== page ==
I think it's still a big no-no for our military to be dicking around in Mexican waters. Well, without a proper hall pass at least....



my 2 chihuahuas went insane yapping, then presto, a rusty unmarked sub surfaced less than 50 feet away.
we were ~25 miles offshore dominican republic/haiti border.


Screw AIS, Radar and flim flam flarn--we need chihuahuas!!!



Hey, don't underestimate the value of canine-based FLARMs. I helped my friends do bring their Mapleleaf up from Cabo----they had one old stupid golden retriever, but three weeks before leaving La Paz they also somehow ended up with a four month old street mutt. And I'm f'ng telling ya, that dog had more boat sense than any other I've seen. his best asset though? Sniffing/hearing out whales long before we could see them. Even at night. Just amazing----yip yap yip yap yip yap....pheeeeww, whale breath and/or spray. Saved us a couple of times btw, giving us a chance to do some creative dodging. Fuking whales, hate those things......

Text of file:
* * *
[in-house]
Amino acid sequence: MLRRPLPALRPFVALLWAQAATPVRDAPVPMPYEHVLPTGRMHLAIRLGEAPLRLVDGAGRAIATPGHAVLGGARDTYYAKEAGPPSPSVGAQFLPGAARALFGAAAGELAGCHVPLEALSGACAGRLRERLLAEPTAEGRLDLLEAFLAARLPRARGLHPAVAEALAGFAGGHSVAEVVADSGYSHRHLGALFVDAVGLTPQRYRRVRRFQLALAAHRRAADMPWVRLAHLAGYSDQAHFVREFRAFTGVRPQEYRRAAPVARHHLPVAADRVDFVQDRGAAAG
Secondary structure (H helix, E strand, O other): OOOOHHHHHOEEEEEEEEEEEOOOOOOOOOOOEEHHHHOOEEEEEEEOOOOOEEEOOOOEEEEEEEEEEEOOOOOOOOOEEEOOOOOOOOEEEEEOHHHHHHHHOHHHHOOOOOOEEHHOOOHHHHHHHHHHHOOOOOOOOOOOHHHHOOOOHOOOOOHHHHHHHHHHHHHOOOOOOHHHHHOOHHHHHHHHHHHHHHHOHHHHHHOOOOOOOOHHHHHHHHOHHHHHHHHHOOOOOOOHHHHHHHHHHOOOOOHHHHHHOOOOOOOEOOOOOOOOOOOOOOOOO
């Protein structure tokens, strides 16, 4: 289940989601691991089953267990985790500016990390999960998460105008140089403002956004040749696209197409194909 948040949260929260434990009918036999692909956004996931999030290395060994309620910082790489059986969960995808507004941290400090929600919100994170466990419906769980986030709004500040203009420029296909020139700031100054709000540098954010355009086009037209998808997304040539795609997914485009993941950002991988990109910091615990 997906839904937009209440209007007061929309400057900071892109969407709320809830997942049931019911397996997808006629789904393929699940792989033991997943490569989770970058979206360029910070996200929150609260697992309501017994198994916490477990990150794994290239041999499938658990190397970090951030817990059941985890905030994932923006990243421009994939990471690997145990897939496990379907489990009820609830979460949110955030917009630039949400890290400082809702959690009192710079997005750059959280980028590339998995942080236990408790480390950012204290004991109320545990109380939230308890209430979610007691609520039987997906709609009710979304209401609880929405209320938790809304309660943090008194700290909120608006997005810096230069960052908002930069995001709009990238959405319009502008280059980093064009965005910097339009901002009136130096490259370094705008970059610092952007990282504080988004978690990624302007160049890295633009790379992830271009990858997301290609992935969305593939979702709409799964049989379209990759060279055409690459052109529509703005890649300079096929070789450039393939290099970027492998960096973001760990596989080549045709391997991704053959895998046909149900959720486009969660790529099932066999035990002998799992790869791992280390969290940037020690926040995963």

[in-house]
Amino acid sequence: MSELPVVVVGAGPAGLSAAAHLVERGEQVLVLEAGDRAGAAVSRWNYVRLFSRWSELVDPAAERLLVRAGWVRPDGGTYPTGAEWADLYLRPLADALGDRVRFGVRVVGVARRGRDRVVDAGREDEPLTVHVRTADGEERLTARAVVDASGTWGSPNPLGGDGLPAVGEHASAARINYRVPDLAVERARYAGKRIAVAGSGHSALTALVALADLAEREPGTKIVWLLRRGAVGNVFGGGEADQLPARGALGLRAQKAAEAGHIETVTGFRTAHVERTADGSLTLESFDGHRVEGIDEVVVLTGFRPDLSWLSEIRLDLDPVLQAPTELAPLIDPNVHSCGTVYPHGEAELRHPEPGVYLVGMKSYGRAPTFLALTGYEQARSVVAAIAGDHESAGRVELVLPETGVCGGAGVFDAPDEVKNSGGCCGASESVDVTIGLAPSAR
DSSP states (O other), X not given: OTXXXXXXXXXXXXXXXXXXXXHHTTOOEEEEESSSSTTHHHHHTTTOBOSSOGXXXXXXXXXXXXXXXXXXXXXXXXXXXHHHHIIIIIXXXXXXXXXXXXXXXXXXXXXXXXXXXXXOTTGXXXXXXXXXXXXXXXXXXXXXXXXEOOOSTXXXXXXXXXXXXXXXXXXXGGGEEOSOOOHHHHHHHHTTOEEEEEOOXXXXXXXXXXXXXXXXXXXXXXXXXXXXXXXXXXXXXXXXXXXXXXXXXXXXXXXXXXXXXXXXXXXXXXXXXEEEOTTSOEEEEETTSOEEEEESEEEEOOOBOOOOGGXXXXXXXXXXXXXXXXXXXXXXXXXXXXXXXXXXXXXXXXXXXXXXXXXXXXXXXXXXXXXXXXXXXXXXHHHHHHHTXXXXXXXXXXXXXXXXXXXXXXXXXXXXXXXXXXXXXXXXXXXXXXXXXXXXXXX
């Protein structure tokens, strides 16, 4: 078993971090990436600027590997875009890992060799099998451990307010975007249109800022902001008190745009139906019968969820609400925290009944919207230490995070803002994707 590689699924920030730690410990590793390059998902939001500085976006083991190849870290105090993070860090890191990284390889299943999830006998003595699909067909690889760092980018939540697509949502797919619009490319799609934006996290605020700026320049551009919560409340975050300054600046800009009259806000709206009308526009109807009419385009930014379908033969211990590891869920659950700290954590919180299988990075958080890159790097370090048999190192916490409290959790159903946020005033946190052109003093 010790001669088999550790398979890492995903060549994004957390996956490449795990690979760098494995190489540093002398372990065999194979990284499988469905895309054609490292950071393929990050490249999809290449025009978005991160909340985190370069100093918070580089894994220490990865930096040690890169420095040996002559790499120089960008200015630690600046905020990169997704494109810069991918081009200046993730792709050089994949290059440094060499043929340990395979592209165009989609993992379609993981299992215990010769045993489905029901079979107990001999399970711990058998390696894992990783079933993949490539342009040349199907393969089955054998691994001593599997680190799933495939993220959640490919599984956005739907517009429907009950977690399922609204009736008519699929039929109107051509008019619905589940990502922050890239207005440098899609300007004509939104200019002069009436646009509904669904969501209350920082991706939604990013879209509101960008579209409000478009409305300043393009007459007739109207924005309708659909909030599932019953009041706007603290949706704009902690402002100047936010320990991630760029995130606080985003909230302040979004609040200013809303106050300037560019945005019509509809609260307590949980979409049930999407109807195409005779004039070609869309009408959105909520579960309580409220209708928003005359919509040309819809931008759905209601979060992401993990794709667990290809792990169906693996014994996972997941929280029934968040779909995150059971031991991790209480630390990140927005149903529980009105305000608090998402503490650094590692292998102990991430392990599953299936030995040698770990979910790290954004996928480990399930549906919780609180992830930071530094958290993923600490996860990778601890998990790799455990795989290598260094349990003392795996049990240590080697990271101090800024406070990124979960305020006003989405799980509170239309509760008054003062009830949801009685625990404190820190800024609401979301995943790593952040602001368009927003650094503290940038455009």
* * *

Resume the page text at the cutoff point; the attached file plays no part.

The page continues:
#370 opusnz

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Posted 30 April 2012 - 10:16 PM

Aegean from all reports was a good, competent boat with a good, competent crew. Something awful happened for no currently understandable reason.
[/quote]

Hunters are a real POS.....a thin shell with some interior thrown in with some glue to hold it all apart and keep it from imploding. It wouldn't surprise me at all if it fractured into a million pieces after being hit.

#371 jzk

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Posted 30 April 2012 - 10:19 PM

Hunters are a real POS.....a thin shell with some interior thrown in with some glue to hold it all apart and keep it from imploding. It wouldn't surprise me at all if it fractured into a million pieces after being hit.


I suspect that most fiberglass production sailboats having taken whatever blow hit Aegean would end up as a similar debris field.

#372 Marvin

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Posted 30 April 2012 - 10:20 PM



Actually I calculate -7 hrs.

Good point.


That is correct, the offset between UTC and Pacific Daylight Time is 7 hours... So the alleged time of incident (1:30am) is Saturday, April 28, 2012 at 08:30:00 UTC.



So maybe possible? If I follow correctly it lands southwest of the island. Not sure of scale or distance. (32.1741 , -118.5606)


That looks about right on the MarineTraffic history...

Edit: the vessel time immediately South of the Coronado Island is approximately 3:40

#373 Aviator